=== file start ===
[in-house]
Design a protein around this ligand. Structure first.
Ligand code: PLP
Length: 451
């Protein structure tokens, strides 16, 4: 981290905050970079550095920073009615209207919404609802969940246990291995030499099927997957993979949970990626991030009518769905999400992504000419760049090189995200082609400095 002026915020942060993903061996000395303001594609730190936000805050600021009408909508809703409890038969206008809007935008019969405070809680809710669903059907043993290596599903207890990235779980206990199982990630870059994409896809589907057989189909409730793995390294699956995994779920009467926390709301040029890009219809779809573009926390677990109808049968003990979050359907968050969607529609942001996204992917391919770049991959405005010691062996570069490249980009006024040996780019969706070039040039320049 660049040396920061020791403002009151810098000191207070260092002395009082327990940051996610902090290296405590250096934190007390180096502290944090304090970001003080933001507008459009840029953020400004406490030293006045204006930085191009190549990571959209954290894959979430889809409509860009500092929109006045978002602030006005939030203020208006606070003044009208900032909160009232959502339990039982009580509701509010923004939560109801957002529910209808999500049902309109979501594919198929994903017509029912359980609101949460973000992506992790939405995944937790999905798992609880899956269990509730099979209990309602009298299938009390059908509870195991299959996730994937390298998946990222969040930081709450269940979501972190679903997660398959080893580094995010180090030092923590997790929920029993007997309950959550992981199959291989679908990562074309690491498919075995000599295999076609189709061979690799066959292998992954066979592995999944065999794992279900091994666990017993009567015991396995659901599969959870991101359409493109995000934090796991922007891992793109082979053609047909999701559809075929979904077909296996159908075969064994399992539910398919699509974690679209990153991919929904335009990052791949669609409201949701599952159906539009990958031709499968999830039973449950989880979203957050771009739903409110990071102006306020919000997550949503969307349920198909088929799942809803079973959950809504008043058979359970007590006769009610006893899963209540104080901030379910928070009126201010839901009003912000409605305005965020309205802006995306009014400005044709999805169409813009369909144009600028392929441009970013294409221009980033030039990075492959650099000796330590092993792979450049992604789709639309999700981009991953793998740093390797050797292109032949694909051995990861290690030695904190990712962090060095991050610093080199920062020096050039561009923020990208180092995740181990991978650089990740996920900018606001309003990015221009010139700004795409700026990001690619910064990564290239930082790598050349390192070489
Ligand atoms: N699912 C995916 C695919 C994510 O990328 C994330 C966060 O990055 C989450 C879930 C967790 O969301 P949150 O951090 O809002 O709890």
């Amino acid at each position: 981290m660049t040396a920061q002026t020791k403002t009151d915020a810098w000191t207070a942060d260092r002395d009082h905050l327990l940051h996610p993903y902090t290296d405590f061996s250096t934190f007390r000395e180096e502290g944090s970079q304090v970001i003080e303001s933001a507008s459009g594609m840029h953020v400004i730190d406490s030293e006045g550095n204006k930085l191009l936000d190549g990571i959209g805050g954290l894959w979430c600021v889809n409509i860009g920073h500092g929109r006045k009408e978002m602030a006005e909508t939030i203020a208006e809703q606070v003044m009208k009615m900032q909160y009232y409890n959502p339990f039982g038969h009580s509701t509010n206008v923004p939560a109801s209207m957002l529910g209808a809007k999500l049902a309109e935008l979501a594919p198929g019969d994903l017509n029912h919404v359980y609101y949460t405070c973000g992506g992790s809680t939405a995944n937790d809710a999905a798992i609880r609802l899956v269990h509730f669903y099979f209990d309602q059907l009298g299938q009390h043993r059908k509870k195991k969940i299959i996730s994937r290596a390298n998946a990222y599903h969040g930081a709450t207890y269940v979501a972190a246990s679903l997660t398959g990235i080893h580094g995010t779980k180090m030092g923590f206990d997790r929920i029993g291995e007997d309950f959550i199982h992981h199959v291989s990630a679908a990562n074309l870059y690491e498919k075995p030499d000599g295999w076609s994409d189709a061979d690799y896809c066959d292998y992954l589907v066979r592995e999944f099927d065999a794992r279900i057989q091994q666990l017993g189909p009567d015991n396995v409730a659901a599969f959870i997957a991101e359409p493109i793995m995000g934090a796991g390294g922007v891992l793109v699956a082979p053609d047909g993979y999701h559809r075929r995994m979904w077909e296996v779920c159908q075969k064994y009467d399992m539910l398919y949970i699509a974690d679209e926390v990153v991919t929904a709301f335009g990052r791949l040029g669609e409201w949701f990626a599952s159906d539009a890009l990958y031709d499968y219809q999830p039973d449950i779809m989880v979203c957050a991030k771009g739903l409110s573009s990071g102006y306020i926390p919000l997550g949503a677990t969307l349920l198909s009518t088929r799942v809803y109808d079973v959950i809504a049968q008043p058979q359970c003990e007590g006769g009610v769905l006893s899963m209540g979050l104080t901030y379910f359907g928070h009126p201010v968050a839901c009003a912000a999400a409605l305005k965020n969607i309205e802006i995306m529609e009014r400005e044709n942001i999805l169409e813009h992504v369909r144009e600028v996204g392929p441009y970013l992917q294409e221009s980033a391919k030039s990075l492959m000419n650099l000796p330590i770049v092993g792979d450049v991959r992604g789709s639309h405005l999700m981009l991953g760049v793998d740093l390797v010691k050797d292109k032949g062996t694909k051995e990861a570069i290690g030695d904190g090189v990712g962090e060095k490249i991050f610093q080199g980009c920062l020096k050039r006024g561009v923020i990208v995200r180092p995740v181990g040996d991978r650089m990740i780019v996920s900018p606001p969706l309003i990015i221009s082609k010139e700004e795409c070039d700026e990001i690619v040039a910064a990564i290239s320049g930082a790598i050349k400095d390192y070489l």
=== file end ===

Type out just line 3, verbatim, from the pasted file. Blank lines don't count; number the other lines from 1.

Ligand code: PLP